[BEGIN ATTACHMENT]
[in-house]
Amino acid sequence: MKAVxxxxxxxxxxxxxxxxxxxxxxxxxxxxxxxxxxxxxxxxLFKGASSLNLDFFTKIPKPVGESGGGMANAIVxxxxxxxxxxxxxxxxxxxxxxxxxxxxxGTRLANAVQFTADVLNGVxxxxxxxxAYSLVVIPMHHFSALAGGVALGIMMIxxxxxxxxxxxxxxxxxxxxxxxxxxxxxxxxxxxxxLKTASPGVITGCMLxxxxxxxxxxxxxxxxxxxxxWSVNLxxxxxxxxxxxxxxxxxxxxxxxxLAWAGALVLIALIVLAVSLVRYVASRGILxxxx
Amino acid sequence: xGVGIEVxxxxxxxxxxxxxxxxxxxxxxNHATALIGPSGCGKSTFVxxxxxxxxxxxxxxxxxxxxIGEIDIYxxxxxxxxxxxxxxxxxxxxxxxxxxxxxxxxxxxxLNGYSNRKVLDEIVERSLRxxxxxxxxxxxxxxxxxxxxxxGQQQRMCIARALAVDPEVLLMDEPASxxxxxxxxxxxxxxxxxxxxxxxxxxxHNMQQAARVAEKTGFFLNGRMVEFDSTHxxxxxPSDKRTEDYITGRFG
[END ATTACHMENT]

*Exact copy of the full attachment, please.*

[in-house]
Amino acid sequence: MKAVxxxxxxxxxxxxxxxxxxxxxxxxxxxxxxxxxxxxxxxxLFKGASSLNLDFFTKIPKPVGESGGGMANAIVxxxxxxxxxxxxxxxxxxxxxxxxxxxxxGTRLANAVQFTADVLNGVxxxxxxxxAYSLVVIPMHHFSALAGGVALGIMMIxxxxxxxxxxxxxxxxxxxxxxxxxxxxxxxxxxxxxLKTASPGVITGCMLxxxxxxxxxxxxxxxxxxxxxWSVNLxxxxxxxxxxxxxxxxxxxxxxxxLAWAGALVLIALIVLAVSLVRYVASRGILxxxx
Amino acid sequence: xGVGIEVxxxxxxxxxxxxxxxxxxxxxxNHATALIGPSGCGKSTFVxxxxxxxxxxxxxxxxxxxxIGEIDIYxxxxxxxxxxxxxxxxxxxxxxxxxxxxxxxxxxxxLNGYSNRKVLDEIVERSLRxxxxxxxxxxxxxxxxxxxxxxGQQQRMCIARALAVDPEVLLMDEPASxxxxxxxxxxxxxxxxxxxxxxxxxxxHNMQQAARVAEKTGFFLNGRMVEFDSTHxxxxxPSDKRTEDYITGRFG